Deep impact

05 July 2021

This issue we are taking a more in-depth look at the must-read UKWA Savills UK warehousing market report. The surge in activity it captures will have profound impacts on logistics professionals for many years to come.

IN 2015 UKWA commissioned Savills to undertake a comprehensive review and analysis of the size and make-up of the UK warehousing market. Since that time, few could have foreseen the seismic changes that would transform our society and have such huge impact on our industry.

The new report for UKWA from Savills, which compares the latest statistics to data from six years ago, reveals the urgent requirements for more warehousing and the need for fundamental change in land use planning.

Key points include a rise of 32% overall in the number of warehousing units, a trend towards bigger warehouses, with an astonishing rise of 242% for units of 1m+ sq ft and, most telling of all, a radical change in the occupier profile of warehouses. While back in 2015, high street retailers were the dominant occupiers, now the leading occupier group is 3PLs, with increased occupation levels of 42% and – no surprises here – online retailers, who have increased warehouse occupancy by a staggering 614%!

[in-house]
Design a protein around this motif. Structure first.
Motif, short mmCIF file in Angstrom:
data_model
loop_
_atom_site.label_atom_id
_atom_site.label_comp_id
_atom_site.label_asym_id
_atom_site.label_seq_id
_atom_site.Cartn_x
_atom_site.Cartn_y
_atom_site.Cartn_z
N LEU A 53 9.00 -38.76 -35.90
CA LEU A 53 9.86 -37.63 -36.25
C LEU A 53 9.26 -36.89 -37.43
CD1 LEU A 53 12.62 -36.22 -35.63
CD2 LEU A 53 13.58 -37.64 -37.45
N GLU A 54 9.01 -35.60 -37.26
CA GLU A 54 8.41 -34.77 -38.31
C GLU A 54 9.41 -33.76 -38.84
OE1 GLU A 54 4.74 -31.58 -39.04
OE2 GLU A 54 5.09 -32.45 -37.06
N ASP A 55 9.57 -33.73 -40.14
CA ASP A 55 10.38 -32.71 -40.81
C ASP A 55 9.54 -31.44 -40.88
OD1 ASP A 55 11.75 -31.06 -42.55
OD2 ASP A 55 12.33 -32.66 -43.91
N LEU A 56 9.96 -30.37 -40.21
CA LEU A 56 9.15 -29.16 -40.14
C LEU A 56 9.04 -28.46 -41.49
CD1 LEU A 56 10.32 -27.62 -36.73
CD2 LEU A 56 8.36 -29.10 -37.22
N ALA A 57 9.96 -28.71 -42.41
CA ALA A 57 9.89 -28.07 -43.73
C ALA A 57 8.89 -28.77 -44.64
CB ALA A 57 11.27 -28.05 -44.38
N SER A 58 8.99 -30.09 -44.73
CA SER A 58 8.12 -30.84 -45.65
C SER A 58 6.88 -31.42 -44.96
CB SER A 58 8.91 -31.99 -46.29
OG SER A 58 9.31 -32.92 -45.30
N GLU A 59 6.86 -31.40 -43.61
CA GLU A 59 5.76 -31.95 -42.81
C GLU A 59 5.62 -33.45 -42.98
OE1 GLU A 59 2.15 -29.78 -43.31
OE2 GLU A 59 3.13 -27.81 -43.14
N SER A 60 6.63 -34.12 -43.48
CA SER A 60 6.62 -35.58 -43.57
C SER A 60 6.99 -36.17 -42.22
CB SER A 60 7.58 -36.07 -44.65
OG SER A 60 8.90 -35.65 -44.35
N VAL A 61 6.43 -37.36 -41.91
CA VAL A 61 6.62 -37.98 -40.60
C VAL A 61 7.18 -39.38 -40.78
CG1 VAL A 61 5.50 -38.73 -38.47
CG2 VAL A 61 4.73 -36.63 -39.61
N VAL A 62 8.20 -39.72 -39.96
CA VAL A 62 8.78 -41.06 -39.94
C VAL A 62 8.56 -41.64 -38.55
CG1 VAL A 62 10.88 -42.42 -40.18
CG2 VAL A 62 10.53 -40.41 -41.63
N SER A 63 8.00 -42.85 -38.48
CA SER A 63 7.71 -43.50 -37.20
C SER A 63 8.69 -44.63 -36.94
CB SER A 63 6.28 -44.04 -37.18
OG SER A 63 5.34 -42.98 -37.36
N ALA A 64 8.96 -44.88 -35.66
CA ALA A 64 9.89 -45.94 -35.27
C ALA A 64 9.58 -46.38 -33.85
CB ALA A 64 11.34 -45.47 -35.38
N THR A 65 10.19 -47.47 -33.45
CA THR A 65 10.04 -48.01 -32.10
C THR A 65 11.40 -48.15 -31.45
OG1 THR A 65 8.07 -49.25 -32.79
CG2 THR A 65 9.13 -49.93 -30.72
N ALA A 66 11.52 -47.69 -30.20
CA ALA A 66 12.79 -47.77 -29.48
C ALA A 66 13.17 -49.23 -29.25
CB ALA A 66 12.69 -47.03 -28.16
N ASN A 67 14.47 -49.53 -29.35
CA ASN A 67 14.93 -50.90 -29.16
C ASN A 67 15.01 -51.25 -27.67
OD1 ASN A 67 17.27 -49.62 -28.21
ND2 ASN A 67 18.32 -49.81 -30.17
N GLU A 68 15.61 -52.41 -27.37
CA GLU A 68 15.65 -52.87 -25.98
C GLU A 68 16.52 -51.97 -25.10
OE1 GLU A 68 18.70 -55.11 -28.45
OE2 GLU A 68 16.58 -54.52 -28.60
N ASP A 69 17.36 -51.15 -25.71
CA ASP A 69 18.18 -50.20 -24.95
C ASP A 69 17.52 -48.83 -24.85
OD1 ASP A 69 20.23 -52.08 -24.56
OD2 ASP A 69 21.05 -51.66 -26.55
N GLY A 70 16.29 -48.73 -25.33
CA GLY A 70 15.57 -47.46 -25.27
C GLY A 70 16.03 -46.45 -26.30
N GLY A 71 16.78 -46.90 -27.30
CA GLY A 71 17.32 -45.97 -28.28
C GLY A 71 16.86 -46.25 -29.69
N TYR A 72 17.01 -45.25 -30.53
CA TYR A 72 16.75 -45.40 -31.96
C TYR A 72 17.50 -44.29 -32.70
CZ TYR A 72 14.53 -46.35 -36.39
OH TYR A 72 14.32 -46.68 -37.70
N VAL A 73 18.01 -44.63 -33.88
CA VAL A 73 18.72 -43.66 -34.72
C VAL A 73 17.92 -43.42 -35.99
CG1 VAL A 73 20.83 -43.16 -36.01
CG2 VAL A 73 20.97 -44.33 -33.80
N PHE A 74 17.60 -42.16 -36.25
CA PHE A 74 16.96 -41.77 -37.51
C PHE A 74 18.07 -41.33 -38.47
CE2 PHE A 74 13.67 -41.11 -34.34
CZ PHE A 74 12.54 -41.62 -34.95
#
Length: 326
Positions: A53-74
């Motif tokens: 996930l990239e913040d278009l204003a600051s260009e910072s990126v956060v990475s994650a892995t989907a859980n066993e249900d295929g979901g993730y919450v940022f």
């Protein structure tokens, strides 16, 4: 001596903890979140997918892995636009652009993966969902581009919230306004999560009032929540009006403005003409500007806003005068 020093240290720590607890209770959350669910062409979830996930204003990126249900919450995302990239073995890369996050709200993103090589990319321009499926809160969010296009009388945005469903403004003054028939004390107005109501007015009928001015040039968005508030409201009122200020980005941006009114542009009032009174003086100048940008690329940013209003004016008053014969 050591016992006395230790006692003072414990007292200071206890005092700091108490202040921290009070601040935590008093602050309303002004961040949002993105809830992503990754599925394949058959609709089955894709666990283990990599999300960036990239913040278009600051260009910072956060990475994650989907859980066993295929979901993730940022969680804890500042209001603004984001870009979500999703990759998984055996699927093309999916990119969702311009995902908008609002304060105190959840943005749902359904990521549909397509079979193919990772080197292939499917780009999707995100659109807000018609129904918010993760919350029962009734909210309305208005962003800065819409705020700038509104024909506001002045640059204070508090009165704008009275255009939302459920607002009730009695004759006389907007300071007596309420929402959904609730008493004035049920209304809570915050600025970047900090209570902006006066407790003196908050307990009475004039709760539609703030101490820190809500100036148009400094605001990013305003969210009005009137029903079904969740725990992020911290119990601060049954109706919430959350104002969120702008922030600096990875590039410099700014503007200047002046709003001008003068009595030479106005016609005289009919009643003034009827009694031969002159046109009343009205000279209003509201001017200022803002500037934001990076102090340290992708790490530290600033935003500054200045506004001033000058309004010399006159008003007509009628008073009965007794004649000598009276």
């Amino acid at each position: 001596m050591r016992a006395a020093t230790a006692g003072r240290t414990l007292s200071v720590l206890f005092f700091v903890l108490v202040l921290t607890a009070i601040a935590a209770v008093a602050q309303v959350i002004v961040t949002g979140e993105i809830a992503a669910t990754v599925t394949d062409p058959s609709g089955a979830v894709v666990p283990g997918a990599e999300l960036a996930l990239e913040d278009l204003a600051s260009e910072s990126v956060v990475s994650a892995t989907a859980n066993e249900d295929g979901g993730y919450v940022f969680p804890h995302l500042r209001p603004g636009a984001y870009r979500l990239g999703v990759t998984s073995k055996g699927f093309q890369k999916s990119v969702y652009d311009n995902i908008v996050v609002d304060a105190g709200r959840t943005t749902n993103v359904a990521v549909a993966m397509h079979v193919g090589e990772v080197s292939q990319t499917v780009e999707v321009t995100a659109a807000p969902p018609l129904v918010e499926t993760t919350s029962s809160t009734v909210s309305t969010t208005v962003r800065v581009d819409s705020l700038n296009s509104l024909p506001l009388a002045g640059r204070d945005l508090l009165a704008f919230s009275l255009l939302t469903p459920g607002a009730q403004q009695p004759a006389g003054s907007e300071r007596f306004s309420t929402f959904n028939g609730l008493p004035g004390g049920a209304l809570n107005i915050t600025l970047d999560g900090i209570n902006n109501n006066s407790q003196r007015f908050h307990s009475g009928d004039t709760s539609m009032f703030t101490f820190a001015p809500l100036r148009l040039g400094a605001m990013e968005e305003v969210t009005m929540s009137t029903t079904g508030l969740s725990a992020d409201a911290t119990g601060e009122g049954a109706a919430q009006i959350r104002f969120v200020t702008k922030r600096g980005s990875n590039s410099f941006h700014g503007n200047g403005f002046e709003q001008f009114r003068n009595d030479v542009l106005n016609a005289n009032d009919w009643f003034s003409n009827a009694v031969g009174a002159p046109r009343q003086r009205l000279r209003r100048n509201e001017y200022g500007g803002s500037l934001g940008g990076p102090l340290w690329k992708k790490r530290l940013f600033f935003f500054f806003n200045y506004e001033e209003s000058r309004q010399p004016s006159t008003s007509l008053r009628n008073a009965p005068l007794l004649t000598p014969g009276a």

Clearly, in the last twelve months both Brexit and the global pandemic have driven and amplified the core changes. In particular, the massive acceleration of e-commerce and home delivery. As Savills notes in the 2021 UKWA report, research from Prologis indicates that for every extra £1bn spent online, a further 775,000 sq ft of warehouse space is needed to meet the new demand.

This change in shopping habits looks set to stay, and as retailers move from high street premises to online channels to serve consumer demand for home delivery, more fulfilment and distribution facilities will be needed to support the new normal.